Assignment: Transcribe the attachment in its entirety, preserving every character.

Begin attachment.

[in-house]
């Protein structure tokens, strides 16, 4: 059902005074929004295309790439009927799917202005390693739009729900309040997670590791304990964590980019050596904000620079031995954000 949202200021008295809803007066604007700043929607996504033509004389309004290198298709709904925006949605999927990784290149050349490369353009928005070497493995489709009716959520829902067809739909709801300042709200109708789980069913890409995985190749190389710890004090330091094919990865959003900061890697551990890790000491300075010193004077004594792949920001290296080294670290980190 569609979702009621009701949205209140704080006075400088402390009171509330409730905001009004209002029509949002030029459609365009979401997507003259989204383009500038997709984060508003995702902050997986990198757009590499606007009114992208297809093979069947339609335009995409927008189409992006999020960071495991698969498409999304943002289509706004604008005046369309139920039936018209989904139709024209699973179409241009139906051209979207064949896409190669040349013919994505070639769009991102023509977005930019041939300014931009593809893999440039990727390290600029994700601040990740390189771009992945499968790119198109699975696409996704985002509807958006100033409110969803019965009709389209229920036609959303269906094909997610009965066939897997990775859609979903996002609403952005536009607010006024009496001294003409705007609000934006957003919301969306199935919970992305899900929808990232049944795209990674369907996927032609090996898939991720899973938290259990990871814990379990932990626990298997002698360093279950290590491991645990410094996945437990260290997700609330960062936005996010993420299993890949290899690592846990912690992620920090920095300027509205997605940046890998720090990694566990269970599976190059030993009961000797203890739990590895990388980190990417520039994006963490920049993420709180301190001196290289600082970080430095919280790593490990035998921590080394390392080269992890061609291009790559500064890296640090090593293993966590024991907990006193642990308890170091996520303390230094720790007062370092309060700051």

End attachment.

[in-house]
């Protein structure tokens, strides 16, 4: 059902005074929004295309790439009927799917202005390693739009729900309040997670590791304990964590980019050596904000620079031995954000 949202200021008295809803007066604007700043929607996504033509004389309004290198298709709904925006949605999927990784290149050349490369353009928005070497493995489709009716959520829902067809739909709801300042709200109708789980069913890409995985190749190389710890004090330091094919990865959003900061890697551990890790000491300075010193004077004594792949920001290296080294670290980190 569609979702009621009701949205209140704080006075400088402390009171509330409730905001009004209002029509949002030029459609365009979401997507003259989204383009500038997709984060508003995702902050997986990198757009590499606007009114992208297809093979069947339609335009995409927008189409992006999020960071495991698969498409999304943002289509706004604008005046369309139920039936018209989904139709024209699973179409241009139906051209979207064949896409190669040349013919994505070639769009991102023509977005930019041939300014931009593809893999440039990727390290600029994700601040990740390189771009992945499968790119198109699975696409996704985002509807958006100033409110969803019965009709389209229920036609959303269906094909997610009965066939897997990775859609979903996002609403952005536009607010006024009496001294003409705007609000934006957003919301969306199935919970992305899900929808990232049944795209990674369907996927032609090996898939991720899973938290259990990871814990379990932990626990298997002698360093279950290590491991645990410094996945437990260290997700609330960062936005996010993420299993890949290899690592846990912690992620920090920095300027509205997605940046890998720090990694566990269970599976190059030993009961000797203890739990590895990388980190990417520039994006963490920049993420709180301190001196290289600082970080430095919280790593490990035998921590080394390392080269992890061609291009790559500064890296640090090593293993966590024991907990006193642990308890170091996520303390230094720790007062370092309060700051």